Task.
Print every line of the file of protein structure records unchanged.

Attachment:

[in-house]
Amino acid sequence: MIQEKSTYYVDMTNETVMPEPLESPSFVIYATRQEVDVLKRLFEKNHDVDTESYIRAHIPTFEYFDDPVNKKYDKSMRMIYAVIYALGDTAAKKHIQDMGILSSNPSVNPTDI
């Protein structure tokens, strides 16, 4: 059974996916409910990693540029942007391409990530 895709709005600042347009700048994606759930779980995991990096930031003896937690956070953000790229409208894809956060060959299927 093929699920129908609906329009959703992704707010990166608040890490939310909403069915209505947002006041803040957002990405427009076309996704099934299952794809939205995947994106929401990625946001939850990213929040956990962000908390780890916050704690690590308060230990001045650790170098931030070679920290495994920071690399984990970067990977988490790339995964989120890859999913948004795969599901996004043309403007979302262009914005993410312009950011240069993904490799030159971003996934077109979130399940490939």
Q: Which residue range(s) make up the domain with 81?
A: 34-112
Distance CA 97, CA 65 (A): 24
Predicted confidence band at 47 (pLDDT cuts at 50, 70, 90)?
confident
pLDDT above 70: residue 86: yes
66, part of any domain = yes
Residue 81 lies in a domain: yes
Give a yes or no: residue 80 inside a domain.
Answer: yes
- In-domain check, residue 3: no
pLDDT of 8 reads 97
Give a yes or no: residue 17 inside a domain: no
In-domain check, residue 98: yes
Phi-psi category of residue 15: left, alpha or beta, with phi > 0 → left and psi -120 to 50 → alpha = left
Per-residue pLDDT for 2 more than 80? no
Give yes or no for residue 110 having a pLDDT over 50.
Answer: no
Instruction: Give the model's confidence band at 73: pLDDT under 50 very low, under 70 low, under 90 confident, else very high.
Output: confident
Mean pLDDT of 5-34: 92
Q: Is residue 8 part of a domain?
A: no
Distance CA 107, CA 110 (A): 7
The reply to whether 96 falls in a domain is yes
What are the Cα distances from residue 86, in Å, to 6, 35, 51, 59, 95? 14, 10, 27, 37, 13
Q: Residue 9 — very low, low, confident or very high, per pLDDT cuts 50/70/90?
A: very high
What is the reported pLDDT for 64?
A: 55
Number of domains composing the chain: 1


[in-house]
Amino acid sequence: MIQEKSTYYVDMTNETVMPEPLESPSFVIYATRQEVDVLKRLFEKNHDVDTESYIRAHIPTFEYFDDPVNKKYDKSMRMIYAVIYALGDTAAKKHIQDMGILSSNPSVNPTDI
């Protein structure tokens, strides 16, 4: 059974996916409910990693540029942007391409990530 895709709005600042347009700048994606759930779980995991990096930031003896937690956070953000790229409208894809956060060959299927 093929699920129908609906329009959703992704707010990166608040890490939310909403069915209505947002006041803040957002990405427009076309996704099934299952794809939205995947994106929401990625946001939850990213929040956990962000908390780890916050704690690590308060230990001045650790170098931030070679920290495994920071690399984990970067990977988490790339995964989120890859999913948004795969599901996004043309403007979302262009914005993410312009950011240069993904490799030159971003996934077109979130399940490939």
Q: Which residue range(s) make up the domain with 81?
A: 34-112
Distance CA 97, CA 65 (A): 24
Predicted confidence band at 47 (pLDDT cuts at 50, 70, 90)?
confident
pLDDT above 70: residue 86: yes
66, part of any domain = yes
Residue 81 lies in a domain: yes
Give a yes or no: residue 80 inside a domain.
Answer: yes
- In-domain check, residue 3: no
pLDDT of 8 reads 97
Give a yes or no: residue 17 inside a domain: no
In-domain check, residue 98: yes
Phi-psi category of residue 15: left, alpha or beta, with phi > 0 → left and psi -120 to 50 → alpha = left
Per-residue pLDDT for 2 more than 80? no
Give yes or no for residue 110 having a pLDDT over 50.
Answer: no
Instruction: Give the model's confidence band at 73: pLDDT under 50 very low, under 70 low, under 90 confident, else very high.
Output: confident
Mean pLDDT of 5-34: 92
Q: Is residue 8 part of a domain?
A: no
Distance CA 107, CA 110 (A): 7
The reply to whether 96 falls in a domain is yes
What are the Cα distances from residue 86, in Å, to 6, 35, 51, 59, 95? 14, 10, 27, 37, 13
Q: Residue 9 — very low, low, confident or very high, per pLDDT cuts 50/70/90?
A: very high
What is the reported pLDDT for 64?
A: 55
Number of domains composing the chain: 1